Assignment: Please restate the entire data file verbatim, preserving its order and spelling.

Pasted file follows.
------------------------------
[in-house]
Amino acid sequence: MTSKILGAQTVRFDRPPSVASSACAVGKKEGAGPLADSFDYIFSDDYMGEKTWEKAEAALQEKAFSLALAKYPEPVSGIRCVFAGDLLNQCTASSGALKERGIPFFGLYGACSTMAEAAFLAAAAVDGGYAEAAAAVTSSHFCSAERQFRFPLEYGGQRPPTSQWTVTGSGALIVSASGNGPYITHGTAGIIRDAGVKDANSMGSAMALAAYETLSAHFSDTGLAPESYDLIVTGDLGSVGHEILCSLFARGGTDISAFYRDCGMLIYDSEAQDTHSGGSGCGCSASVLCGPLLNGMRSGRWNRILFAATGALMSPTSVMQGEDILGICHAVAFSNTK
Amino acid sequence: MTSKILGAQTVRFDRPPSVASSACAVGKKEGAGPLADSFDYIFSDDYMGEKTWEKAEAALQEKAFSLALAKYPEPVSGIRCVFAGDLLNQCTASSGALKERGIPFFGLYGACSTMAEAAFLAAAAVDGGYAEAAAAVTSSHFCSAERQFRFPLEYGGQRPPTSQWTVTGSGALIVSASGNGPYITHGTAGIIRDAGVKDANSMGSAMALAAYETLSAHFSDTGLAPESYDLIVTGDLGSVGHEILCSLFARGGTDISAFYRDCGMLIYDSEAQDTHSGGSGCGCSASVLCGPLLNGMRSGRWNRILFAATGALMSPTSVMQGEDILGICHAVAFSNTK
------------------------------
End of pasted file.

[in-house]
Amino acid sequence: MTSKILGAQTVRFDRPPSVASSACAVGKKEGAGPLADSFDYIFSDDYMGEKTWEKAEAALQEKAFSLALAKYPEPVSGIRCVFAGDLLNQCTASSGALKERGIPFFGLYGACSTMAEAAFLAAAAVDGGYAEAAAAVTSSHFCSAERQFRFPLEYGGQRPPTSQWTVTGSGALIVSASGNGPYITHGTAGIIRDAGVKDANSMGSAMALAAYETLSAHFSDTGLAPESYDLIVTGDLGSVGHEILCSLFARGGTDISAFYRDCGMLIYDSEAQDTHSGGSGCGCSASVLCGPLLNGMRSGRWNRILFAATGALMSPTSVMQGEDILGICHAVAFSNTK
Amino acid sequence: MTSKILGAQTVRFDRPPSVASSACAVGKKEGAGPLADSFDYIFSDDYMGEKTWEKAEAALQEKAFSLALAKYPEPVSGIRCVFAGDLLNQCTASSGALKERGIPFFGLYGACSTMAEAAFLAAAAVDGGYAEAAAAVTSSHFCSAERQFRFPLEYGGQRPPTSQWTVTGSGALIVSASGNGPYITHGTAGIIRDAGVKDANSMGSAMALAAYETLSAHFSDTGLAPESYDLIVTGDLGSVGHEILCSLFARGGTDISAFYRDCGMLIYDSEAQDTHSGGSGCGCSASVLCGPLLNGMRSGRWNRILFAATGALMSPTSVMQGEDILGICHAVAFSNTK